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How to capture Spring Boot metrics with the OpenTelemetry Java Instrumentation Agent

4 May 2022 7 min read

In a previous blog post, Adam Quan presented a great introduction to setting up observability for a Spring Boot application. For metrics, Adam used the Prometheus Java Client library and showed how to link metrics and traces using exemplars.

However, the Prometheus Java Client library is not the only way to get metrics out of a Spring Boot app. One alternative is to use the OpenTelemetry Java instrumentation agent for exposing Spring’s metrics directly in OpenTelemetry format.

This blog post shows how to capture Spring Boot metrics with the OpenTelemetry Java instrumentation agent.

Setting up an example application

We will use a simple Hello World REST service as an example application throughout this blog post. The source code is from the ./complete/ directory of the example code of Spring’s Building a RESTful Web Service guide.

git clone https://github.com/spring-guides/gs-rest-service.git
cd gs-rest-service/complete/
./mvnw clean package
java -jar target/rest-service-complete-0.0.1-SNAPSHOT.jar

The application exposes a REST service on port 8080 where you can greet different names, like http://localhost:8080/greeting?name=Grafana. It does not yet expose any metrics.

Exposing a Prometheus metric endpoint

As the first step, we enable metrics in our example application and expose these metrics directly in Prometheus format. We will not yet use the OpenTelemetry Java instrumentation agent.

We need two additional dependencies in pom.xml:

<dependency>
  <groupId>org.springframework.boot</groupId>
  <artifactId>spring-boot-starter-actuator</artifactId>
</dependency>
<dependency>
  <groupId>io.micrometer</groupId>
  <artifactId>micrometer-registry-prometheus</artifactId>
  <scope>runtime</scope>
</dependency>

The spring-boot-starter-actuator provides the metrics API and some out-of-the-box metrics. Under the hood, it uses the Micrometer metrics library. The micrometer-registry-prometheus is for exposing Micrometer metrics in Prometheus format.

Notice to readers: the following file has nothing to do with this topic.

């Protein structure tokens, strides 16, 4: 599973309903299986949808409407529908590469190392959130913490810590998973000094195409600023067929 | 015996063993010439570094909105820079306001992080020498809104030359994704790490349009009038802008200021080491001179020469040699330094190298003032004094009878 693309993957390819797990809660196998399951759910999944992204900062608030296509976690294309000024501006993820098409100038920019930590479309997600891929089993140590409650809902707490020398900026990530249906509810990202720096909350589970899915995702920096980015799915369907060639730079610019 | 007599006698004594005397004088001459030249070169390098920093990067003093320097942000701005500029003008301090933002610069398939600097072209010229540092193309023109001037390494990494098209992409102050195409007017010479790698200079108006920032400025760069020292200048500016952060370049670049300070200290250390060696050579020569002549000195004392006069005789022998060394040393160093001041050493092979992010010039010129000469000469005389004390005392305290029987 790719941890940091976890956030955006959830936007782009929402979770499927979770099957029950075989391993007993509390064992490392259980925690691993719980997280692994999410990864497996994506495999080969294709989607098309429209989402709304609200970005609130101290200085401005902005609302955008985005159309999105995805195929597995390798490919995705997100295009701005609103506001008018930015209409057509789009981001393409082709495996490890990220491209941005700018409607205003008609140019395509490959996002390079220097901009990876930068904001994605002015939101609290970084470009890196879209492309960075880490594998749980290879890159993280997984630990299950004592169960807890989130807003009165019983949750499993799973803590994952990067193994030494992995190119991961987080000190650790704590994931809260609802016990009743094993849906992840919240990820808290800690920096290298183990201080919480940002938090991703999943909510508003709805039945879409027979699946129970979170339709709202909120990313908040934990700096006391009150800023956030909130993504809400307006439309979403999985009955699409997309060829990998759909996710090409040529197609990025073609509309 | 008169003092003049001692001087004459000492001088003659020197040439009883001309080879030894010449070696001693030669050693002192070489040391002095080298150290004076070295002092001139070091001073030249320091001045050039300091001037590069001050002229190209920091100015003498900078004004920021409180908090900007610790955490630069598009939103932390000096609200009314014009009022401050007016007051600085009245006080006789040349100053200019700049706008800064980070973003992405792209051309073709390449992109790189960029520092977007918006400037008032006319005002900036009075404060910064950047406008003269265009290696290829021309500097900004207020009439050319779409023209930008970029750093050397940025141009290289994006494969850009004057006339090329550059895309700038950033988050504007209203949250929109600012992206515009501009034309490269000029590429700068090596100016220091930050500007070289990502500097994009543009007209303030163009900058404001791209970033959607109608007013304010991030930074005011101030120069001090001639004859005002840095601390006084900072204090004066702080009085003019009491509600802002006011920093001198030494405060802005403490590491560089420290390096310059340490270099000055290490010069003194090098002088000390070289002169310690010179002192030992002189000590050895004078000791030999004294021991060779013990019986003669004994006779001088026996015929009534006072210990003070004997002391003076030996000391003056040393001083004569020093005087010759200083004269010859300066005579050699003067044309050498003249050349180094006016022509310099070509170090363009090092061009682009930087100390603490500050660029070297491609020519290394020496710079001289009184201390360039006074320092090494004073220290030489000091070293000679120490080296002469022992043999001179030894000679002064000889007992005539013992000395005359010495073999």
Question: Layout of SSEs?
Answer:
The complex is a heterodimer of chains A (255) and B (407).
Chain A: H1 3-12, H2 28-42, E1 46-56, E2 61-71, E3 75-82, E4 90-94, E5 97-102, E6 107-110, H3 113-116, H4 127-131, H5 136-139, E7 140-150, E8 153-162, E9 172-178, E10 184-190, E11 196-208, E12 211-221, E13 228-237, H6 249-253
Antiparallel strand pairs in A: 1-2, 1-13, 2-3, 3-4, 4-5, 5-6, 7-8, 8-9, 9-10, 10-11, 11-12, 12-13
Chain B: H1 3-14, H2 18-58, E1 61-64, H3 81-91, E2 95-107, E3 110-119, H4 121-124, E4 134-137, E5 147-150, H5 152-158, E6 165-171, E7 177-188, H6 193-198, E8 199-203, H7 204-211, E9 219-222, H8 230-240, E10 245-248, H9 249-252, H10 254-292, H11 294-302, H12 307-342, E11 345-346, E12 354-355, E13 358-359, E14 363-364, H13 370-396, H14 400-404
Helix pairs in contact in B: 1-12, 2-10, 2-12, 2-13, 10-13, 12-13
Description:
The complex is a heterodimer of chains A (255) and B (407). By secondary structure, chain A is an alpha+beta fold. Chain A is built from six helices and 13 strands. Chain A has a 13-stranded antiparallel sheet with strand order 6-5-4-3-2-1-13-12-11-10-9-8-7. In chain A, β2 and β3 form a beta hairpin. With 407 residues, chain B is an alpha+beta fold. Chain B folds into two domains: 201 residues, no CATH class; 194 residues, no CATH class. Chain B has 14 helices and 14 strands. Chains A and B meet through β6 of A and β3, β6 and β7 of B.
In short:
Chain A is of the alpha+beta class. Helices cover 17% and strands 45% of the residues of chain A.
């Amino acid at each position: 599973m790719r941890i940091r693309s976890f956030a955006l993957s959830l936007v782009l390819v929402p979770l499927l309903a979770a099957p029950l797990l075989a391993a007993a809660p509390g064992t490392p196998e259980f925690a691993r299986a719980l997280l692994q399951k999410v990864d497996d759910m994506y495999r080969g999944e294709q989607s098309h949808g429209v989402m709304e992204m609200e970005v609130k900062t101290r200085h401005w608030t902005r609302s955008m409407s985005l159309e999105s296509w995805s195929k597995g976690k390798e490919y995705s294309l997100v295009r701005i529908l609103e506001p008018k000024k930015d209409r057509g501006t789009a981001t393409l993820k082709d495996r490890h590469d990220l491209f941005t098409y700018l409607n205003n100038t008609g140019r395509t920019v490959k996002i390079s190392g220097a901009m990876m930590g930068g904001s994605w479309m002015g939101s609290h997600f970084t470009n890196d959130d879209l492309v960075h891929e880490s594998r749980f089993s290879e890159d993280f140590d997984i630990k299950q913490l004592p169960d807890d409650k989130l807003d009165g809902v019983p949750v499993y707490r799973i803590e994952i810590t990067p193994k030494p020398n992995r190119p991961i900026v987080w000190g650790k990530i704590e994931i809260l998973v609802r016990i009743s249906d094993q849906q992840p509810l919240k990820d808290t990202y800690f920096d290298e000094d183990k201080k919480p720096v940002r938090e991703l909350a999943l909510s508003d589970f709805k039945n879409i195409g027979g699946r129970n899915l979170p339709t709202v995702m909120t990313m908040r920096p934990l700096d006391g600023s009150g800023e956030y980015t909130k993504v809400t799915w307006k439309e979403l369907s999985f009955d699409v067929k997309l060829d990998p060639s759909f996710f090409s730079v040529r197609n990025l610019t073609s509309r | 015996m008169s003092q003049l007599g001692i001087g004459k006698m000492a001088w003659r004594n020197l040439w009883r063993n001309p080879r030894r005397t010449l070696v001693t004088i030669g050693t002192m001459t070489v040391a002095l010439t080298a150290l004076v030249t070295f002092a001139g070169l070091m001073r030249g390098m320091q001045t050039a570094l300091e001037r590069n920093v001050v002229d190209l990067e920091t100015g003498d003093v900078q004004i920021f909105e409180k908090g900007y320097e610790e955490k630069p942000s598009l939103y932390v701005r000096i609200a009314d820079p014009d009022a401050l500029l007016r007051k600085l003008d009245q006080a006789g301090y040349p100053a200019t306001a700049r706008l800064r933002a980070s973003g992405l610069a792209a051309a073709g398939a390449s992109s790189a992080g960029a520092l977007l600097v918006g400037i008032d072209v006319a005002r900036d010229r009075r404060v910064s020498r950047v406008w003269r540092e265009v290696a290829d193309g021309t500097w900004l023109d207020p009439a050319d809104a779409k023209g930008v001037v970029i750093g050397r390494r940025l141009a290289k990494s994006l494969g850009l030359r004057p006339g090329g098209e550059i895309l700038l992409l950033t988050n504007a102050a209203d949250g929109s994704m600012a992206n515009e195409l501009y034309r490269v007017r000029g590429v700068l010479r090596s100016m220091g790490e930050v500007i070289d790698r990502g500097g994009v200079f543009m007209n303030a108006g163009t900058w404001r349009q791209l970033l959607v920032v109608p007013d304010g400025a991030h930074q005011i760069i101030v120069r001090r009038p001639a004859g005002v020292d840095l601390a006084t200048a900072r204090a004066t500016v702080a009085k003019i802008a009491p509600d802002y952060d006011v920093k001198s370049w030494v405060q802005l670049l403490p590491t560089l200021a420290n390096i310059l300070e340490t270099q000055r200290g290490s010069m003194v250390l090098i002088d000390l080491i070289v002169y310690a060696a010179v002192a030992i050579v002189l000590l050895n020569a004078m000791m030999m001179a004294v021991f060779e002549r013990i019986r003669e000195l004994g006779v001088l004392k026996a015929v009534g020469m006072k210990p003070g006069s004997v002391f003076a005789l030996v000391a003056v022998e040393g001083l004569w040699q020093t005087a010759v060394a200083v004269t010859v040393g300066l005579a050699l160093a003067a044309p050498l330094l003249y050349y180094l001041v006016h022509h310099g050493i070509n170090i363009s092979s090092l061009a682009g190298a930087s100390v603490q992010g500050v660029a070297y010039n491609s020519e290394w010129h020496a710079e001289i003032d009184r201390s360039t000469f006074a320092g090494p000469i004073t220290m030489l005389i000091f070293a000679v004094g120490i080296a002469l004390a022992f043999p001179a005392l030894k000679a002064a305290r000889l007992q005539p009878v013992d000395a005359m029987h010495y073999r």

Next, we need to enable the Prometheus endpoint. Create a file ./src/main/resources/application.properties with the following line:

management.endpoints.web.exposure.include=prometheus

After recompiling and restarting the application, you will see the metrics on http://localhost:8080/actuator/prometheus. The out-of-the-box metrics include some JVM metrics like jvm_gc_pause_seconds, some metrics from the logging framework like logback_events_total, and some metrics from the REST endpoint like http_server_requests.

Finally, we want to have a custom metric to play with. Custom metrics must be registered with a MeterRegistry provided by Spring Boot. So the first step is to inject the MeterRegistry to the GreetingController, for example via constructor injection:

// ...
import io.micrometer.core.instrument.MeterRegistry;

@RestController
public class GreetingController {

  // ...
  private final MeterRegistry registry;

  // Use constructor injection to get the MeterRegistry
  public GreetingController(MeterRegistry registry) {
	this.registry = registry;
  }

  // ...
}

Now, we can add our custom metric. We will create a Counter tracking the greeting calls by name. We add the counter to the existing implementation of the greeting() REST endpoint:

@GetMapping("/greeting")
public Greeting greeting(@RequestParam(value = "name", defaultValue = "World") String name){
 
  // Add a counter tracking the greeting calls by name
  registry.counter("greetings.total", "name", name).increment();
 
  // ...
}

Let’s try it: Recompile and restart the application, and call the greeting endpoint with different names, like http://localhost:8080/greeting?name=Grafana. On http://localhost:8080/actuator/prometheus you will see the metric greetings_total counting the number of calls per name:

# HELP greetings_total··
# TYPE greetings_total counter
greetings_total{name="Grafana",} 2.0
greetings_total{name="Prometheus",} 1.0

Note that it is generally a bad idea to use user input as label values, as this can easily lead to a cardinality explosion (i.e., a new metric created for each name). However, it is convenient in our example because it gives us an easy way to try out different label values.

Putting the OpenTelemetry collector in the middle

The OpenTelemetry collector is a component to receive, process, and export telemetry data. It usually sits in the middle, between the applications to be monitored and the monitoring backend.

As the next step, we will configure an OpenTelemetry collector to scrape the metrics from the Prometheus endpoint and expose them in Prometheus format.

So far this will not add any functionality, except that we get the OpenTelemetry collector as a new infrastructure component. The metrics exposed by the collector on port 8889 should be the same as the metrics exposed by the application on port 8080.

Download the latest otelcol_*.tar.gz release from https://github.com/open-telemetry/opentelemetry-collector-releases/releases, and unpack it. It should contain an executable named otelcol. At the time of writing, the latest release was otelcol_0.47.0_linux_amd64.tar.gz.

Create a config file named config.yaml with the following content:

receivers:
  prometheus:
    config:
      scrape_configs:
        - job_name: "example"
          scrape_interval: 5s
          metrics_path: '/actuator/prometheus'
          static_configs:
            - targets: ["localhost:8080"]

processors:
  batch:

exporters:
  prometheus:
    endpoint: "localhost:8889"